The Digital Millenium Copyright Act (“DMCA”) contains several provisions that protect copyright holders with tools to guard against copyright infringement that occurs on the Internet. One of the tools is a “takedown notice”, in which a copyright holder can demand that an Internet service provider remove copyrighted material from a website. The ISP may then avoid liability for copyright infringement by removing the material and allowing the person who uploaded the material the opportunity to issue a counter-notification. If (as typically happens) the ISP does not receive a counter-notification, the infringing material then remains off of the website.
In an opinion issued by this week by the U.S. District Court for the Northern District of California, the Court held that before issuing a takedown notice, copyright holders are required to consider whether the website is making “fair use” of the material. In the case, Lenz v. Universal Corp., the court considered a YouTube posting consisting of a mother’s video of her children dancing to approximately 29 seconds of Prince’s “Let’s Go Crazy.” Universal Music issued a takedown notice to YouTube, and YouTube complied and notified the mother. The mother then sued Universal, reuqesting a declaratory judgment of non-infringement and arguing that Universal did not comply with the DMCA’s takedown requirements because Universal failed to consider whether the video was a “fair use” of the song.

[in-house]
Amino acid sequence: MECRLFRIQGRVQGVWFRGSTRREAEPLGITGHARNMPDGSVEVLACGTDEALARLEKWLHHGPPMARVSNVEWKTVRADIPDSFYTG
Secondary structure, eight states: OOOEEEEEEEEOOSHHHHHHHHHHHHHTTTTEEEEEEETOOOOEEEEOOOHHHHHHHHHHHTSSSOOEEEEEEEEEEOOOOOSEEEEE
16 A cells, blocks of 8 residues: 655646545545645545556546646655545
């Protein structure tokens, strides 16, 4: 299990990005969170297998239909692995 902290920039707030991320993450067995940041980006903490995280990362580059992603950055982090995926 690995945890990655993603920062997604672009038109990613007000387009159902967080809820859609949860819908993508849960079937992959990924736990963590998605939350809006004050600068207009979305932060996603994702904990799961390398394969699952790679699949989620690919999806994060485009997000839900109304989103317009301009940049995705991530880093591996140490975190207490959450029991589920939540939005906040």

In its opinion, the court held: “An allegation that a copyright owner acted in bad faith by issuing a takedown notice without proper consideration of the fair use doctrine … is sufficient to state a misrepresentation claim pursuant to Section 5.12(f) of the DMCA.” The court further stated that “[t]he DMCA already requires copyright owners to make an initial review of the potentially infringing material prior to sending a takedown notice; indeed, it would be impossible to meet any of the requirements of Section 512(f) without doing so. A consideration of the fair use doctrine is simply part of that initial review.”
The opinion did not address whether or not the video was in fact a fair use of a copyright. Instead, it merely ruled that the mother’s claim would survive Universal’s motion to dismiss. For a complete list of the requirements of a DMCA takedown notice, see Section 512(c)(3) of the Copyright Act, available here. The elements of the fair use doctrine are set out in Section 107 of the Copyright Act.